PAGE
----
Pros

  • Etsy would be perfect if you have a very unique product that would have little competition (because of this Etsy can be wonderful for vintage and wedding gear)
  • Customers are generally familiar with and comfortable placing orders through Etsy
  • Simple set up (you could launch an Etsy shop in an afternoon)
  • Affordable. Joining is free! You pay listing fees ($0.20ea), transaction fees (5%), and processing fees (3% + $0.25) on each sale.
  • Simple product management
  • Create shipping labels directly from Etsy (link here)

Cons

  • Many product categories are saturated
  • Less agency over how you sell your products (to have your products prioritized in search results, you may have to offer free shipping on orders of $35+) 
  • Products appear among others in the same category
  • Limited capability for expansion. You might grow out of Etsy faster than anticipated.
  • You can lose your brand with Etsy
  • Customer service issues may be out of your control (customer service issues may be dealt with by Etsy customer support, not you directly)
Working from the truck once upon a road trip 

SHOPIFY

Overview

Shopify is one of the more robust ecommerce platforms on the market, and comes with a heftier price tag than the other platforms we’re comparing.


Pros

  • Customization of themes is generally straightforward, and has the ability for detailed customization/tweaks to your online shop. Many themes are available (some of them are free, some cost money)
  • Ability to integrate your POS system and online shop to help you keep track of in-person sales
  • Detailed commerce options: upload many high-quality photos, bulk edit inventory, store a lot of information about your individual products for detailed sales reports later
  • Ability to purchase shipping labels & ship directly from Shopify (though using your own shipping service may be more affordable)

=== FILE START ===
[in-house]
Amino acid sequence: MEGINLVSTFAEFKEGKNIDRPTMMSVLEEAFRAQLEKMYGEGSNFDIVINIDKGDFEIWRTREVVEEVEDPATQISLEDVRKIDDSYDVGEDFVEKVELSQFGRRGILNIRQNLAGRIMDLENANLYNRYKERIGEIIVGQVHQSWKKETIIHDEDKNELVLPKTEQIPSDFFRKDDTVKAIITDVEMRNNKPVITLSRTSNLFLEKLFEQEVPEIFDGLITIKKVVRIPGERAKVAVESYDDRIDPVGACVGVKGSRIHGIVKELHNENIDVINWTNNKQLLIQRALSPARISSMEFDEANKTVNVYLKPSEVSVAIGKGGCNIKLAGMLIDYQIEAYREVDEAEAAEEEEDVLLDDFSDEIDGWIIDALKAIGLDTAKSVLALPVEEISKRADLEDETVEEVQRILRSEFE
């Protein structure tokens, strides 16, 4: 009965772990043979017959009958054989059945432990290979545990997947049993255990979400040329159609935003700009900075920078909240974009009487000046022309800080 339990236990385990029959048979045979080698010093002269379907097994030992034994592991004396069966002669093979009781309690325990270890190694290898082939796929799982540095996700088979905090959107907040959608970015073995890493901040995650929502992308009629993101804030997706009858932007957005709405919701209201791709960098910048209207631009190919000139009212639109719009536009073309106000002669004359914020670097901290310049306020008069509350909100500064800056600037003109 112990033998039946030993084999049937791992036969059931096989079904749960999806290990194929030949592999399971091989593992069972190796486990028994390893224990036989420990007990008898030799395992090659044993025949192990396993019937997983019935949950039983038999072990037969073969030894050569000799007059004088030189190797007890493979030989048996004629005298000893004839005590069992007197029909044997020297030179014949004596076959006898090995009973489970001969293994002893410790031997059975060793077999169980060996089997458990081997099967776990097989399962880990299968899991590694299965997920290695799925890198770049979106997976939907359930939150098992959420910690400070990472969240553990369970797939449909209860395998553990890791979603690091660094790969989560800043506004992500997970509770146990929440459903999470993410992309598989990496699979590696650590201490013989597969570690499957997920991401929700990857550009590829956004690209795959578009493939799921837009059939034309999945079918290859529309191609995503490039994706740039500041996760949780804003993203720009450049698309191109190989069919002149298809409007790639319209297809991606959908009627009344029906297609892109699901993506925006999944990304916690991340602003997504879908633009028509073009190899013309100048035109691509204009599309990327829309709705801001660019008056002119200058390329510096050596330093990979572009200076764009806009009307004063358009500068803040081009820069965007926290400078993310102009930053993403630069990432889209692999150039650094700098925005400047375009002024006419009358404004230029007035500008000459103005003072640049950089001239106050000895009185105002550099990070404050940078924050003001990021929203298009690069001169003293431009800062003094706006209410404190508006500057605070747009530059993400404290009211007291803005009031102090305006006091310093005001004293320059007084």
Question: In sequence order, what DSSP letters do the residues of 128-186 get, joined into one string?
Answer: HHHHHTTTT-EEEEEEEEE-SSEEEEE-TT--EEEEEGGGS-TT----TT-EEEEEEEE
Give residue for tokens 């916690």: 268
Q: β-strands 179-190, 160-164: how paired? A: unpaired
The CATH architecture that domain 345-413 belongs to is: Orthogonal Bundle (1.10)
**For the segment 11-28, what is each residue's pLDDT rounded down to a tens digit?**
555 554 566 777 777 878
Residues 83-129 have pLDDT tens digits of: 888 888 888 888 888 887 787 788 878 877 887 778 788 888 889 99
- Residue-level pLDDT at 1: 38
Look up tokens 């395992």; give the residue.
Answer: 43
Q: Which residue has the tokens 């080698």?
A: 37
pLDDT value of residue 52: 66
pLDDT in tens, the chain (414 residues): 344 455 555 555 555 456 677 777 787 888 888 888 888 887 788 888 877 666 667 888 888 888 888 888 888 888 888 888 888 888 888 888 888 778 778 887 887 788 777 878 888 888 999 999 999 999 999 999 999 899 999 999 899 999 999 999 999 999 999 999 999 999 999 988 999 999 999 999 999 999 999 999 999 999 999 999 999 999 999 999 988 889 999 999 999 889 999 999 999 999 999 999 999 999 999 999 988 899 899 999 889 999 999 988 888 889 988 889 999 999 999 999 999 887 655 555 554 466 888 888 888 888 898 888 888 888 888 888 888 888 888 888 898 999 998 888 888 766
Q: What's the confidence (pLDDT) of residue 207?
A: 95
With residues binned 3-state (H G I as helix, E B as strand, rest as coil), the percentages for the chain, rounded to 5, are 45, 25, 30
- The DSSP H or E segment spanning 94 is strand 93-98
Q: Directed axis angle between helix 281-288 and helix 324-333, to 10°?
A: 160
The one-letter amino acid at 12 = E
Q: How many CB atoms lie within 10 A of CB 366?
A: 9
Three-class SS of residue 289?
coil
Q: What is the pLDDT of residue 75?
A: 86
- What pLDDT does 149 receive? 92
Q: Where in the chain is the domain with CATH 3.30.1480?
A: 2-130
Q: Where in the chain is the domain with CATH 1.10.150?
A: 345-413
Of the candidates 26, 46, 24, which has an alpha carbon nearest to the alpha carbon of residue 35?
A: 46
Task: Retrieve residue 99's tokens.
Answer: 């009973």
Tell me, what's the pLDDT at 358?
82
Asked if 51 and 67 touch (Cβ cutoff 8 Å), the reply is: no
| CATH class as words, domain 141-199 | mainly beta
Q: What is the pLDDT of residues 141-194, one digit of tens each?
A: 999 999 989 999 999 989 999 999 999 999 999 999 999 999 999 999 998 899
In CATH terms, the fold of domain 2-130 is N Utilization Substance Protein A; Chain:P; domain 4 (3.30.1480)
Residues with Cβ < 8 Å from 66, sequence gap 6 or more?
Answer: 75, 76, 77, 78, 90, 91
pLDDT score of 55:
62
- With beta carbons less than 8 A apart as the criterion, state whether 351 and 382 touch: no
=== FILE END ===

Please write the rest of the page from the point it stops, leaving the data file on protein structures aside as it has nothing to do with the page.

• Products connect to Instagram, Facebook, etc.
  • Staff accounts allow your employees limited access to your sensitive information (sales reports, etc.)
  • Starting with a larger, more robust platform gives your business room to grow and expand
  • “Shopify Experts” are available for hire if you have the capital to hire a little help

Cons

  • Expensive plans, the most affordable begins at $29/mo, plus transaction and processing fees 
  • Some features are not included with your subscription, and require you to purchase subscriptions to third-party apps to
    • (i.e. making ‘local pickup’ an option requires you to cheat the system and add a $0.00 shipping option titled ‘Local Pickup’ or pay for a third party app)
  •  Shopify support can be hit or miss. Some staff know the backend of Shopify better than others
  • If you have limited website-building knowledge, Shopify’s themes may be confusing to navigate and customize
The many faces of web design

SQUARESPACE

Overview

Squarespace is known to be a sleek and user friendly online platform for simple websites and ecommerce. 


PROS

  • Many award-winning themes to choose from
  • Small-business focused themes, connection to PayPal, integration with Google Suite (Gmail, Google Drive, etc.)
  • Themes lend themselves to the incorporation of high quality images that show off your brand
  • Ability to integrate POS system and online shop to help you keep track of online and in-person sales (PayPal and Stripe available for online sales, SquareUp available for POS transactions)
  • Integrate your products with Instagram
  • Build a high quality website without spending a huge amount of $
  • No coding experience is required
  • “Squarespace Experts” are available for hire if you have the capital to hire a little help

CONS 

  • Can be expensive if you are just starting out. Beginning Commerce plans start at $26-$30/mo
  • Limited ability to customize beyond theme options - Squarespace is not built to incorporate additional backend coding, etc.
  • There is a small learning curve with learning how to build your squarespace website, but once you get the hang of it